In 2001, Ban designed some beautiful paper log houses in India. What made these log houses unique was the foundation and the roof. Rubble from destroyed buildings was used for the foundation instead of the normal beer crates Ban used in some of his previous humanitarian projects, which could not be found in this area.

The log houses were coated with a traditional mud floor. At the roof level, split bamboo was applied to the rib vaults and whole bamboo to the ridge beams. A locally woven cane mat was placed over the bamboo ribs, followed by a clear plastic tarpaulin to protect against rain, and another cane mat was added on top.

Ventilation was provided by the gable design, where small holes in the mats allowed air to circulate and cooking to be done inside. 

In 2007, Ban worked on a tsunami reconstruction project in Kirinda, Sri Lanka. Most of buildings in this little fishing village were swept away by the tsunami during the Sumatra Earthquake on December 26, 2004.

The villagers were forced to live in temporary houses and live in terrible conditions. Sixty-seven houses, a mosque, and tree plantation were built and performed.

Each house had two bed rooms, a hall and a roofed, semi-open court area. The hall and the roofed court could be a large room, but to respect the lifestyle of the villagers, the rooms are separated by folding doors. The roofed court is a space protects from direct sunlight and ventilates through the house, but it´s also an important space where the inhabitants can have a meal with family, enjoy socializing with neighbors and repair their fishing nets and equipment.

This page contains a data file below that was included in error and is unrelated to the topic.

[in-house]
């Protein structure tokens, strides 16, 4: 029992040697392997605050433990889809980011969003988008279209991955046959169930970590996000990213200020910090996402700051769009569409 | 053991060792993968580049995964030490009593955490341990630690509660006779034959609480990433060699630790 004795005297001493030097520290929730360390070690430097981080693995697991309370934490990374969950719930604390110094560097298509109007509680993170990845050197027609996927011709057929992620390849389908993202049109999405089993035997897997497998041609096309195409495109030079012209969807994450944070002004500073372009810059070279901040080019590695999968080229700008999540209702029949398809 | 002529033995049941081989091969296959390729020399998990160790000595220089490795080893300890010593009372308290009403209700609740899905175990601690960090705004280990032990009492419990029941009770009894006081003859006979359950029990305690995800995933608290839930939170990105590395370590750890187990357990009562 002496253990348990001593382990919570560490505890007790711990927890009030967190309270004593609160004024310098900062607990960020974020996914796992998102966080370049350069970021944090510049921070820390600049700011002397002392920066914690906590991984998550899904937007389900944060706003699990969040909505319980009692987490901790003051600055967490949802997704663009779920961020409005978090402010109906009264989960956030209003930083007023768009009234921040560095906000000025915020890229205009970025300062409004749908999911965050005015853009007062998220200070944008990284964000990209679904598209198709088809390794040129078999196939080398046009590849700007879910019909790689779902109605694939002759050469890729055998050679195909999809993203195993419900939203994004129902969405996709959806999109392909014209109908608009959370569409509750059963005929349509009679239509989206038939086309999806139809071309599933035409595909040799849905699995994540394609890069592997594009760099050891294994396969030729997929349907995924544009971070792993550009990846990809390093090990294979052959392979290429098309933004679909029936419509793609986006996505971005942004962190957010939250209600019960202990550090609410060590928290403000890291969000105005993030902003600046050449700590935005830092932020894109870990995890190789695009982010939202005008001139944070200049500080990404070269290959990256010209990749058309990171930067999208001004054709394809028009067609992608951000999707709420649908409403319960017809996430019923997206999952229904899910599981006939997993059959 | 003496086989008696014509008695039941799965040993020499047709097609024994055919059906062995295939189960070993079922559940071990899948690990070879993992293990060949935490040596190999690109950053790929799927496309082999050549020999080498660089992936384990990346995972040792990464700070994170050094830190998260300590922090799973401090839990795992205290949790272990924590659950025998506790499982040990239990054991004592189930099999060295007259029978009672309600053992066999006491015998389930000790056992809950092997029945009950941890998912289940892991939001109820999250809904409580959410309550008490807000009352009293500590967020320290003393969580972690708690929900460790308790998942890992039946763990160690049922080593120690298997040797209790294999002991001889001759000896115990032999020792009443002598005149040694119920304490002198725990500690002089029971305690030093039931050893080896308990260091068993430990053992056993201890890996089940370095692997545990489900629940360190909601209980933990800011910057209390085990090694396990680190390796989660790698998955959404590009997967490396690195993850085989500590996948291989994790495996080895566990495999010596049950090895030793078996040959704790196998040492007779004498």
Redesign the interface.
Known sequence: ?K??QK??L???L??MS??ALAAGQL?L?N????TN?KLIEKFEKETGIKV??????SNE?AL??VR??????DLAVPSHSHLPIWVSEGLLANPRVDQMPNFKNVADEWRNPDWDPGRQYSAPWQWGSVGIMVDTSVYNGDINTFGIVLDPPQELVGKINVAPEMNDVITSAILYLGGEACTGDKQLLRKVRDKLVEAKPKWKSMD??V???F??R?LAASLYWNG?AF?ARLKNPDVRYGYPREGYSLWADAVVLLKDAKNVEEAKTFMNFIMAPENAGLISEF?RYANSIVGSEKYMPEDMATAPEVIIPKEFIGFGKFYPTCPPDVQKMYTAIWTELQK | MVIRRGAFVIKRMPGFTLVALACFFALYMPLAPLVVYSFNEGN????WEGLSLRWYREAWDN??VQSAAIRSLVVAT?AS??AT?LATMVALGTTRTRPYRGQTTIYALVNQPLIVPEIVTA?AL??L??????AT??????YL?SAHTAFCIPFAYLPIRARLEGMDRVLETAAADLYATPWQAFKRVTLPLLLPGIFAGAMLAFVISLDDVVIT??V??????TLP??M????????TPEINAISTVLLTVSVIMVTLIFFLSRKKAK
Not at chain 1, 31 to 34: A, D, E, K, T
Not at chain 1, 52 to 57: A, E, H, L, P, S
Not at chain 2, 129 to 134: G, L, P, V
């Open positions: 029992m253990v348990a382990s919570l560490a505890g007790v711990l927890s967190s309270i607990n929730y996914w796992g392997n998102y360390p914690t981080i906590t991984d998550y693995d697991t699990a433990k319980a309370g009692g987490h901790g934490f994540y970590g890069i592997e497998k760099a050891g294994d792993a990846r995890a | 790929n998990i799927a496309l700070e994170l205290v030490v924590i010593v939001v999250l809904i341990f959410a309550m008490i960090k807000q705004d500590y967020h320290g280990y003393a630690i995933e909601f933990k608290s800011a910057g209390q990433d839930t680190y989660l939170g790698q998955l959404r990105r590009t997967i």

The low budget materials allowed for construction to be completed quickly. The main material was CEBs (compressed earth blocks), which were available in Sri Lanka, low cost and don´t require trained builders. The furniture units were placed into the house. They were made ​​from the rubber tree, which isn't normally used as an architectural material. But in Sri Lanka, there is a big tire industry, so there are rubber trees everywhere. The units were pre-fabricated and set up in situ.

There are lots more examples of Ban´s humanitarian work online. His story is a fascinating one. Here´s a TEDx Talk with the lovely Ban, where he talks about why he decided to go into humanitarian architecture, and much more, as you might imagine.

There are NGOs all over the world working to improve the housing of the poorest people on earth. The Young Pioneer Disaster Response and and Polish Humanitarian Action are good examples. They did a joint housing program in Barangay Sungko worked hard to build 180 storm-resistant homes for families whose homes were destroyed or damaged by Typhoon Yolanda in 2013.

Here´s what they look like now!

I-Beam Design created a pallet house prototype that was featured in Prince Charles´ Royal Gardens as part of an exhibition on sustainable design organized by Prince´s Charities, Start and The Earth Awards, The Financial Times and IBM.

The inspiration for the Pallet House Project came from the fact that 84% of the world's refugees could be housed with a year's supply of recycled American pallets. With one and a half year of pallet production in the US alone, 33 million refugees can live in a Pallet House. Projects like these are going on, and they may need the support of a good real estate lawyer.